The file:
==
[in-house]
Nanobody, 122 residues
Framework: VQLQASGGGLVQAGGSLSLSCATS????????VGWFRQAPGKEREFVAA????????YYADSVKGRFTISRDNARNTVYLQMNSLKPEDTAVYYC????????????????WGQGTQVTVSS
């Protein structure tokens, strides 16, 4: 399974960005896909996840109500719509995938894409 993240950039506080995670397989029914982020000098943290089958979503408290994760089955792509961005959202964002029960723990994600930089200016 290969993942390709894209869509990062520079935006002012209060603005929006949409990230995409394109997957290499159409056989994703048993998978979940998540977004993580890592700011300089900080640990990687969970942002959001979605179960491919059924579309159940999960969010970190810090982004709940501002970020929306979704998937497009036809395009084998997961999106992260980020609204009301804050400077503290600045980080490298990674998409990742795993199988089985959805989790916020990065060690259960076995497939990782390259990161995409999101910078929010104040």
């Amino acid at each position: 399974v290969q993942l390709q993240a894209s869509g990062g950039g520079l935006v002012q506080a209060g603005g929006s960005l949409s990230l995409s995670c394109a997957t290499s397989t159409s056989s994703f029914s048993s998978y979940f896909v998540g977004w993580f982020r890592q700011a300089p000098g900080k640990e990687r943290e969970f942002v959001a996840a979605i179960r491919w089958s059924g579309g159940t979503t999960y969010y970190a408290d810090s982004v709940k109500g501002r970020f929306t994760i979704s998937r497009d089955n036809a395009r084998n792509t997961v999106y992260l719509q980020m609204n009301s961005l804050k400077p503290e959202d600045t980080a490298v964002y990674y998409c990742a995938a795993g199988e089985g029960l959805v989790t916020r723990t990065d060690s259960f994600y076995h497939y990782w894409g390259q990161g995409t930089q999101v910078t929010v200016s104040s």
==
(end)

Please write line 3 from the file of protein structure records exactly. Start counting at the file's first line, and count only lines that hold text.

Framework: VQLQASGGGLVQAGGSLSLSCATS????????VGWFRQAPGKEREFVAA????????YYADSVKGRFTISRDNARNTVYLQMNSLKPEDTAVYYC????????????????WGQGTQVTVSS